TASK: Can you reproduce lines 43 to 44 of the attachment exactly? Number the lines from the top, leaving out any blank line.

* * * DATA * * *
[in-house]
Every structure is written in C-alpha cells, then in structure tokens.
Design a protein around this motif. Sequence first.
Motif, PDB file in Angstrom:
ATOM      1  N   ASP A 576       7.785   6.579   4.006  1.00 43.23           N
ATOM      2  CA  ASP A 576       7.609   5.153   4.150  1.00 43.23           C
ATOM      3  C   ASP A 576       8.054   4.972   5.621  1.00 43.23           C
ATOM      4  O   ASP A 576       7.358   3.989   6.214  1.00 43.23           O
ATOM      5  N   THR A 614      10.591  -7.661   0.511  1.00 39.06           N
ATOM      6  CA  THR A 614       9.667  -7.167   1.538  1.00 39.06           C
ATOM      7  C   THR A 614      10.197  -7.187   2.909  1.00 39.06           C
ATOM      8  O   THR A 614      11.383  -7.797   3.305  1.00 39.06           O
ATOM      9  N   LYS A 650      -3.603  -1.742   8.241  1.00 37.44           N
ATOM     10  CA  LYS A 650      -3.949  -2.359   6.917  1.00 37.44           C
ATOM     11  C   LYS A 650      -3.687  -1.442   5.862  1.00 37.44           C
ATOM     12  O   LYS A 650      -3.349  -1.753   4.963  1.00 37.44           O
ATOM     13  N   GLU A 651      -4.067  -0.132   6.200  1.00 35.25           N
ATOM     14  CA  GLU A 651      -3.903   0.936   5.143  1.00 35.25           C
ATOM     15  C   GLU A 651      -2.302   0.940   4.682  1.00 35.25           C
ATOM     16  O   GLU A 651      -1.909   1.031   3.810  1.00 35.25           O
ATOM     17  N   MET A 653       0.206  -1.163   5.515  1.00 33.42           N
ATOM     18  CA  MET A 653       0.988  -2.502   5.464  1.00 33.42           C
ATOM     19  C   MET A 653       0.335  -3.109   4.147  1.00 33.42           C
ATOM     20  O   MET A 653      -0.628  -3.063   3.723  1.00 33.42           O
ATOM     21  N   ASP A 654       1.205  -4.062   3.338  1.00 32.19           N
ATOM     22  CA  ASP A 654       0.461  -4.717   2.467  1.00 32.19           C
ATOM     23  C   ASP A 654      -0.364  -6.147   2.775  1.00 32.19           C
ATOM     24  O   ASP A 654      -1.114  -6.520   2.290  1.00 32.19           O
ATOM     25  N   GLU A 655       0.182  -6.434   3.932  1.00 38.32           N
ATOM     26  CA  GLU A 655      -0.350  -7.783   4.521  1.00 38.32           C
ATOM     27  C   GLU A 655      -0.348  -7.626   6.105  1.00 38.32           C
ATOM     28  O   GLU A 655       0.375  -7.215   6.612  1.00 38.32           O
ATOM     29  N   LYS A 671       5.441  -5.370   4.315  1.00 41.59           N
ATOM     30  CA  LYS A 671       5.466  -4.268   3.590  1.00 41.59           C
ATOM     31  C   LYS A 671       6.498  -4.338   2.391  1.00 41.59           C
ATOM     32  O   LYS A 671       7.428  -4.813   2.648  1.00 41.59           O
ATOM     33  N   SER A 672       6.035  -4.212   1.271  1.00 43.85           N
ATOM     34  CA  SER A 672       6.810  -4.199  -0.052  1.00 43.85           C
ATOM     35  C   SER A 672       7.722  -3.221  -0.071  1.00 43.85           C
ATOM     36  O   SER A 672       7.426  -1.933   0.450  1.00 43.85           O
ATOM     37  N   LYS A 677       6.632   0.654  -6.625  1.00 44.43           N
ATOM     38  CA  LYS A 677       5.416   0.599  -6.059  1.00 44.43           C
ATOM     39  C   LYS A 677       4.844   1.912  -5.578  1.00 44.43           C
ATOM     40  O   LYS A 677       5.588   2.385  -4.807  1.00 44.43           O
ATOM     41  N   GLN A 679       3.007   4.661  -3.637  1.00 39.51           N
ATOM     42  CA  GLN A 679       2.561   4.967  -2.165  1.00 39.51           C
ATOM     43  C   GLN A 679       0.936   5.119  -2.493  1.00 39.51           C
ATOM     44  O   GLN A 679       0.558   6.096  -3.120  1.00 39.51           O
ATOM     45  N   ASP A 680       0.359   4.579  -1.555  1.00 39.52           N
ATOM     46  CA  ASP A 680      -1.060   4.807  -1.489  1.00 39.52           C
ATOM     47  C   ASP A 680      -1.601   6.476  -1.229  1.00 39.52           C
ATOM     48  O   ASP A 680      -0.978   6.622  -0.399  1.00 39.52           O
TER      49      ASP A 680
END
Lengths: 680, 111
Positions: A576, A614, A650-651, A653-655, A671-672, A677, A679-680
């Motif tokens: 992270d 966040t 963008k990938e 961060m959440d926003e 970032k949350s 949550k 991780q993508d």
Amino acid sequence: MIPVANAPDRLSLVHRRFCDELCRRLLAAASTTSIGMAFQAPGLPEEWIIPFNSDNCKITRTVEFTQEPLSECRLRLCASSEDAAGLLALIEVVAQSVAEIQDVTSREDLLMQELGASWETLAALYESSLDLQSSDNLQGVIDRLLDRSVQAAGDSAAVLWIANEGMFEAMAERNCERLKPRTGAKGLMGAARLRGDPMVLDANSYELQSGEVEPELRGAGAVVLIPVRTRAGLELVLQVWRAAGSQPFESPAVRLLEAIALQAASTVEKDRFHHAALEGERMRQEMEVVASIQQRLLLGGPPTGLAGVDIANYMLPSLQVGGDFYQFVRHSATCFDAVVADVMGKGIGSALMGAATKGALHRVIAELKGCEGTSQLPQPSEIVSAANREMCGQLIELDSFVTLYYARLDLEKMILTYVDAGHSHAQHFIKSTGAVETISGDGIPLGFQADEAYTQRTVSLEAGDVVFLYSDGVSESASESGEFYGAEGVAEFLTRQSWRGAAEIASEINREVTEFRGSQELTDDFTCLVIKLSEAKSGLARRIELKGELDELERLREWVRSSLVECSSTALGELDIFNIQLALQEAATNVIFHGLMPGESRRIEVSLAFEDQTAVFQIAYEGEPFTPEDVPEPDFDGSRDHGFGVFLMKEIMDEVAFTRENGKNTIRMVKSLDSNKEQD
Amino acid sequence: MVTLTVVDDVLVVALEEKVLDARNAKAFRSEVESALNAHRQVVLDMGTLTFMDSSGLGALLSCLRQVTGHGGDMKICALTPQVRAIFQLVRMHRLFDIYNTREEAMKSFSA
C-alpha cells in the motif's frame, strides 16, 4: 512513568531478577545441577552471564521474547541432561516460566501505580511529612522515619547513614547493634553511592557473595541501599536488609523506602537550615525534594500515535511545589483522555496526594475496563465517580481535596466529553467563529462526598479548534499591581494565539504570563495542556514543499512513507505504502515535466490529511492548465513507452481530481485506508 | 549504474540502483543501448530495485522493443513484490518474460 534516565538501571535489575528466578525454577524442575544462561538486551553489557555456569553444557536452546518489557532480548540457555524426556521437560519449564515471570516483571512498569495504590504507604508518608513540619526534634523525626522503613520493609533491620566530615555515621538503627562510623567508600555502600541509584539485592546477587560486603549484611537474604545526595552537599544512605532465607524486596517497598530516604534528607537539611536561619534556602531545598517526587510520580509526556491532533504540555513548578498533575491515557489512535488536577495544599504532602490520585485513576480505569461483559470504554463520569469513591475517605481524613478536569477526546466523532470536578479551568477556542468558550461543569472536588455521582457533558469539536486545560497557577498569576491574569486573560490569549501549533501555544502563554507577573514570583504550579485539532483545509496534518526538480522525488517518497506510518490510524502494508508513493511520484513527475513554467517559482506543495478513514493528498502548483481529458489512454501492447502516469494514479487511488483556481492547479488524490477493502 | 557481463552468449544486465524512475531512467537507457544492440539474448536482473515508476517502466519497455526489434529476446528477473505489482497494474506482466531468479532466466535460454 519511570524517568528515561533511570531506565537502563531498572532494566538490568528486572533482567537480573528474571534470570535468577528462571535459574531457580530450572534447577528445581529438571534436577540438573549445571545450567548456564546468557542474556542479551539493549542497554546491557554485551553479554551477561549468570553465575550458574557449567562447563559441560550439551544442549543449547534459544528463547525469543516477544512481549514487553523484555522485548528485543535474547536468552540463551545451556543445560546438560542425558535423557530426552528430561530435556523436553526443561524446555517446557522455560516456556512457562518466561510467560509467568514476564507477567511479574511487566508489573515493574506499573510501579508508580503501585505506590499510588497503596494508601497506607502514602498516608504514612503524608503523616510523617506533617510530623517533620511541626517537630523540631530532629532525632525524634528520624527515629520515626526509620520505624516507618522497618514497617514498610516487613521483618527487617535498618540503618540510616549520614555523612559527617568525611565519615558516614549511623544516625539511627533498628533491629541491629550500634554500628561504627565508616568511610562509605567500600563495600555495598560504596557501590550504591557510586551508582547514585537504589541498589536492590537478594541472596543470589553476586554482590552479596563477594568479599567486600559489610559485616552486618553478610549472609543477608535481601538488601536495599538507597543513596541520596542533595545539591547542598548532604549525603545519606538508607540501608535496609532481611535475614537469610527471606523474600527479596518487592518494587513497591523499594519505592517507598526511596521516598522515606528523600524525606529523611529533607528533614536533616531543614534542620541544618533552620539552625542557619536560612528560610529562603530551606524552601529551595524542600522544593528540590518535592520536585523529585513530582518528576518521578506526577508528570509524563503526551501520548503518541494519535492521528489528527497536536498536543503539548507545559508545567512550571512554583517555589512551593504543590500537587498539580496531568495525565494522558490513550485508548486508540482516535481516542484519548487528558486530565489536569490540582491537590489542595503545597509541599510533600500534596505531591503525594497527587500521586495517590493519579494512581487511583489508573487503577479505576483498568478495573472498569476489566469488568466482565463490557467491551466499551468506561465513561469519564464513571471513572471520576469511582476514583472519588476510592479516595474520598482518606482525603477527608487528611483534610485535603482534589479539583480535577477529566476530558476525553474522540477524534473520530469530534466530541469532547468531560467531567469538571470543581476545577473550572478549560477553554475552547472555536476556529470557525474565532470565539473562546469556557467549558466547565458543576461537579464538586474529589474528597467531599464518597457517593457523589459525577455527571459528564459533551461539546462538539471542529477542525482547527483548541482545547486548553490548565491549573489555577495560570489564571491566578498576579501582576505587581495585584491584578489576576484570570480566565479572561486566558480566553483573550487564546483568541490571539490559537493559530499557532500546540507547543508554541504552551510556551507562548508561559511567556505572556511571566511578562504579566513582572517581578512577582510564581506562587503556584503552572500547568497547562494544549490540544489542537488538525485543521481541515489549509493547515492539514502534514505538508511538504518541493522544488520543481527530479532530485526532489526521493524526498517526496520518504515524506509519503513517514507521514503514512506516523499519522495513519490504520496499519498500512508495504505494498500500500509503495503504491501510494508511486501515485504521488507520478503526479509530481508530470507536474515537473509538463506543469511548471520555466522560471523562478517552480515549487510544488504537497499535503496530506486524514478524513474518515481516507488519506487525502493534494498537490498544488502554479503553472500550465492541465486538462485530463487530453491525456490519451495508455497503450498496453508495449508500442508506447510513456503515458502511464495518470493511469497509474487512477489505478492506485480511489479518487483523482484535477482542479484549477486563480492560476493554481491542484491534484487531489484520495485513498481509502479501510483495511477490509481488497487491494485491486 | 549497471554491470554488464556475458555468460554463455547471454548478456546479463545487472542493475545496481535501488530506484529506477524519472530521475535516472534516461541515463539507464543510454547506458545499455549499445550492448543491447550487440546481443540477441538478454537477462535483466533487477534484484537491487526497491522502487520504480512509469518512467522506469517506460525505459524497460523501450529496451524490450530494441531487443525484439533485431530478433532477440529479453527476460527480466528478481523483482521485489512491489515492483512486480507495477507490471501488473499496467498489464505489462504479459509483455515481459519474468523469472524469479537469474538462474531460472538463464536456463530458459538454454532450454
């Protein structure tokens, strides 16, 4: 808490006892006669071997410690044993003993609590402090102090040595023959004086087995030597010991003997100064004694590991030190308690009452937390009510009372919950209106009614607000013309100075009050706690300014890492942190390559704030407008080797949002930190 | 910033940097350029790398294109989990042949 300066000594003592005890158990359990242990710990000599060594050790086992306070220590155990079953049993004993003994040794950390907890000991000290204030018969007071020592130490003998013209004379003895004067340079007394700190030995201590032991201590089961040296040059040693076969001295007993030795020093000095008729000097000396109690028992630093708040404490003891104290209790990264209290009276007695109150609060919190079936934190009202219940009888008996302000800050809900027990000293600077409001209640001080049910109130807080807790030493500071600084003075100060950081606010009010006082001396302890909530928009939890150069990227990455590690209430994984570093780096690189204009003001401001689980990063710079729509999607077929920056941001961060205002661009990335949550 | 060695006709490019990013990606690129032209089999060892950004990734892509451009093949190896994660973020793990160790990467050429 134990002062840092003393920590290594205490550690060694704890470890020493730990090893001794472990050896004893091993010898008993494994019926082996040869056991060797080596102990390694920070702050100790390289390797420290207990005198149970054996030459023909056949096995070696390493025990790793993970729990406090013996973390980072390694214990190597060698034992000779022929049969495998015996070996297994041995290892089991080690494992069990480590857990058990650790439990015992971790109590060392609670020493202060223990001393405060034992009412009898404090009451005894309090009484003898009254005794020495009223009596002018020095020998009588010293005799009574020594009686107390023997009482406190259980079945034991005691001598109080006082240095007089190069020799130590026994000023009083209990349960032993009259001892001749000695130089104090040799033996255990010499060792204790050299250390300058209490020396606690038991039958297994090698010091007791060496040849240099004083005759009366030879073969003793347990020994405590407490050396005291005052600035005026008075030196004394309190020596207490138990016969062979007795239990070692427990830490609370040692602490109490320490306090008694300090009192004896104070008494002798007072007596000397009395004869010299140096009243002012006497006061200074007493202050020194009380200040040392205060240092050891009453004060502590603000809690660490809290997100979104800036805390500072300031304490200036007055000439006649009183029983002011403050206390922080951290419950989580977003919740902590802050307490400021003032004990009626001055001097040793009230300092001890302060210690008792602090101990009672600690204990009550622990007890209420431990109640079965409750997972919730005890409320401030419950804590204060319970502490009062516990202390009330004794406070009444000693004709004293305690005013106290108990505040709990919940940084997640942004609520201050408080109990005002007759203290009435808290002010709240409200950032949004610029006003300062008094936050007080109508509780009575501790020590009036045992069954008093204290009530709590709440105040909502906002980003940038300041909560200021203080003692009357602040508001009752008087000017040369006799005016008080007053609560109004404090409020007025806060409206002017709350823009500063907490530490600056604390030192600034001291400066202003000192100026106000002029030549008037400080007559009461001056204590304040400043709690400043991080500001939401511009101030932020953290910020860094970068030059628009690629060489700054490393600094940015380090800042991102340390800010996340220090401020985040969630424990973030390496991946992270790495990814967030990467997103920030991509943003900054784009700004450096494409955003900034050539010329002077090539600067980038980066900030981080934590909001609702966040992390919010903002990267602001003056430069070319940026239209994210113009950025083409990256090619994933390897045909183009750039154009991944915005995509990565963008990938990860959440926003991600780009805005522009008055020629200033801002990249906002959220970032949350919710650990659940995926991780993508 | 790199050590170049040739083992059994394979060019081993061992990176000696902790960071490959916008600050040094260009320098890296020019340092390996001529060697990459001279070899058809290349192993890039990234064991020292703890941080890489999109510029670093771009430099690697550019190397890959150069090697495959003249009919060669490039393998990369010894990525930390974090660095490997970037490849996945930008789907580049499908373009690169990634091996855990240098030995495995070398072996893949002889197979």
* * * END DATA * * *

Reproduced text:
ATOM     39  C   LYS A 677       4.844   1.912  -5.578  1.00 44.43           C
ATOM     40  O   LYS A 677       5.588   2.385  -4.807  1.00 44.43           O